Clinical end points in coronary stent trials: A case for standardized definitions
BACKGROUND - Although most clinical trials of coronary stents have measured nominally identical safety and effectiveness end points, differences in definitions and timing of assessment have created confusion in interpretation. METHODS AND RESULTS - The Academic Research Consortium is an informal collaboration between academic research organizations in the United States and Europe. Two meetings, in Washington, DC, in January 2006 and in Dublin, Ireland, in June 2006, sponsored by the Academic Research Consortium and including representatives of the US Food and Drug Administration and all device manufacturers who were working with the Food and Drug Administration on drug-eluting stent clinical trial programs, were focused on consensus end point definitions for drug-eluting stent evaluations. The effort was pursued with the objective to establish consistency among end point definitions and provide consensus recommendations. On the basis of considerations from historical legacy to key pathophysiological mechanisms and relevance to clinical interpretability, criteria for assessment of death, myocardial infarction, repeat revascularization, and stent thrombosis were developed. The broadly based consensus end point definitions in this document may be usefully applied or recognized for regulatory and clinical trial purposes. CONCLUSION - Although consensus criteria will inevitably include certain arbitrary features, consensus criteria for clinical end points provide consistency across studies that can facilitate the evaluation of safety and effectiveness of these devices.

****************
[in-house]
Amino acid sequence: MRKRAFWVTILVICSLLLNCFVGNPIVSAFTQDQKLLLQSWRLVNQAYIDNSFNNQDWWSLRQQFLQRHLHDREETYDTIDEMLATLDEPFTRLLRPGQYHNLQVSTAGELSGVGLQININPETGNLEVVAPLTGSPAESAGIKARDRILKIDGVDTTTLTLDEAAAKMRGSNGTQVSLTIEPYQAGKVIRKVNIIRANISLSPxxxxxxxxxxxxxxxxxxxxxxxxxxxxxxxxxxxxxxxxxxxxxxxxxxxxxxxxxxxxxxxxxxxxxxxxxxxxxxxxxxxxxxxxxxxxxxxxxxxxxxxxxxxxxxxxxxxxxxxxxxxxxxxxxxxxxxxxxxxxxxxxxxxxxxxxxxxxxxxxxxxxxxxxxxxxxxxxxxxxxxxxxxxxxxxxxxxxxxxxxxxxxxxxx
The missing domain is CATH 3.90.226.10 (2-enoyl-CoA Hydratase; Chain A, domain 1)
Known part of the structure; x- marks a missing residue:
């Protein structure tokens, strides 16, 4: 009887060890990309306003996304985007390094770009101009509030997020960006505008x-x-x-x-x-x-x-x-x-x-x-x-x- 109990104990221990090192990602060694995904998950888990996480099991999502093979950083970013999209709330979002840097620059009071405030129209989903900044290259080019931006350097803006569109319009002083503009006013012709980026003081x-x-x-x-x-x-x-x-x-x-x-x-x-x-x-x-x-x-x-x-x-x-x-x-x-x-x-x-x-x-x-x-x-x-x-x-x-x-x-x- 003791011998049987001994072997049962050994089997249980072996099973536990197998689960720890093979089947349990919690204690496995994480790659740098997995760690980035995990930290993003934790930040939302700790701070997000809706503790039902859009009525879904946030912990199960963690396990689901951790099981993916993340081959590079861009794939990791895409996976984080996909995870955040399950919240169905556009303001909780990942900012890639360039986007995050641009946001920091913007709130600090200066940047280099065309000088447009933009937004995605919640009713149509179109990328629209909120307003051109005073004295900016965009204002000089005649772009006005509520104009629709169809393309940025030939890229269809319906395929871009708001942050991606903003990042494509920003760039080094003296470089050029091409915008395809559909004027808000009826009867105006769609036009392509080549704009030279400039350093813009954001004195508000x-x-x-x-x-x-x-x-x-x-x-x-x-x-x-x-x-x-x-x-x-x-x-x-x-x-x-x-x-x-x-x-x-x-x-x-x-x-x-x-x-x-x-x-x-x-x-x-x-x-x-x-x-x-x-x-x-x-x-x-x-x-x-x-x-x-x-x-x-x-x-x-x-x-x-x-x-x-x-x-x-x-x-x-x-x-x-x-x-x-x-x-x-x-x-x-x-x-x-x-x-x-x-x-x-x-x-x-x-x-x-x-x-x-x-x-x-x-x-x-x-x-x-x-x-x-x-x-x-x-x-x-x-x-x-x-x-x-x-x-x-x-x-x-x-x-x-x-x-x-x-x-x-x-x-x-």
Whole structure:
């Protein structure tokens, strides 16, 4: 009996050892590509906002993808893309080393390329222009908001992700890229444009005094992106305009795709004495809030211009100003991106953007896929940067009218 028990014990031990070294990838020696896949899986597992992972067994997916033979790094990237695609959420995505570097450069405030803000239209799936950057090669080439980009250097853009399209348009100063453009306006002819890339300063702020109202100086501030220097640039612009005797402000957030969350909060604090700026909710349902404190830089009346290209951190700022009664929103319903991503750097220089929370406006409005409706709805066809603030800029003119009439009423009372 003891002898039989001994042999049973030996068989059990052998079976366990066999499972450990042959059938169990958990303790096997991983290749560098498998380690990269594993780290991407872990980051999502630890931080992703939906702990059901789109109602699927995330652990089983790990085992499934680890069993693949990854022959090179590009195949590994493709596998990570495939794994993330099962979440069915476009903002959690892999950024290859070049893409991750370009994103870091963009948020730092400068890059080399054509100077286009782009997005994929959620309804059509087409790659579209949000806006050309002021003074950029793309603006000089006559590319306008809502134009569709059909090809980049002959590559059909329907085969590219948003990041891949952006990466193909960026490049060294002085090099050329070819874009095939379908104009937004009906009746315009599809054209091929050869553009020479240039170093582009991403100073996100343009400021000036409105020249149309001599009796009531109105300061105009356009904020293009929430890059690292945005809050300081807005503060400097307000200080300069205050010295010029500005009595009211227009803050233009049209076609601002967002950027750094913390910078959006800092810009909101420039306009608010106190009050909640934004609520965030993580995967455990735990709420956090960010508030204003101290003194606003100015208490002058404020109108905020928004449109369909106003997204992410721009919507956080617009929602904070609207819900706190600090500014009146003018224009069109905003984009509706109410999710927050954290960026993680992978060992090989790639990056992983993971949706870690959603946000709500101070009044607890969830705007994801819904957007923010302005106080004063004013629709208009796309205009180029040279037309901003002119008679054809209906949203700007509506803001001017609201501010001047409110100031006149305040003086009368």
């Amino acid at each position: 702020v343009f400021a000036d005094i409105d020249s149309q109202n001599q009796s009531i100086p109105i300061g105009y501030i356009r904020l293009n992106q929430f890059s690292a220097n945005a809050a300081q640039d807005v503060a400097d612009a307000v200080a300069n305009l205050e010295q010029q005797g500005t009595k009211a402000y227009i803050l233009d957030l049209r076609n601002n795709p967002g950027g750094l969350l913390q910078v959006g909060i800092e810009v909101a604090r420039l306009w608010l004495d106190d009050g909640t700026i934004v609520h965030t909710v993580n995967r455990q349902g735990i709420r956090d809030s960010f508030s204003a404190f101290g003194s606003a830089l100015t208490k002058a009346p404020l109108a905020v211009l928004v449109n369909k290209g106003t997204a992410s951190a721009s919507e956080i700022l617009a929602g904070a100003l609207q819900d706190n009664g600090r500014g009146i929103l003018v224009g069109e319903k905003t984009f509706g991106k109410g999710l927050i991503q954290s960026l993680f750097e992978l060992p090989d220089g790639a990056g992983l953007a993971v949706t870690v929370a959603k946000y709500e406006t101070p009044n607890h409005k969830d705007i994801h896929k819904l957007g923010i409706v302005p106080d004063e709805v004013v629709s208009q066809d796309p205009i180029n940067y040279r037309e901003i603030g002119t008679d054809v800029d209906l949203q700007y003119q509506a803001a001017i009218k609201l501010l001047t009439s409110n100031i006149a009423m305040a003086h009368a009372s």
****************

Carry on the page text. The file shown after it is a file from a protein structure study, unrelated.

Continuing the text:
|Keywords||Clinical trials, Restenosis, Stents, Thrombosis|
|Persistent URL||dx.doi.org/10.1161/CIRCULATIONAHA.106.685313, hdl.handle.net/1765/35429|
Cutlip, D.E., Windecker, S., Mehran, R., Boam, A., Cohen, D.J., van Es, G.A., … Serruys, P.W.J.C.. (2007). Clinical end points in coronary stent trials: A case for standardized definitions. Circulation (Baltimore), 115(17), 2344–2351. doi:10.1161/CIRCULATIONAHA.106.685313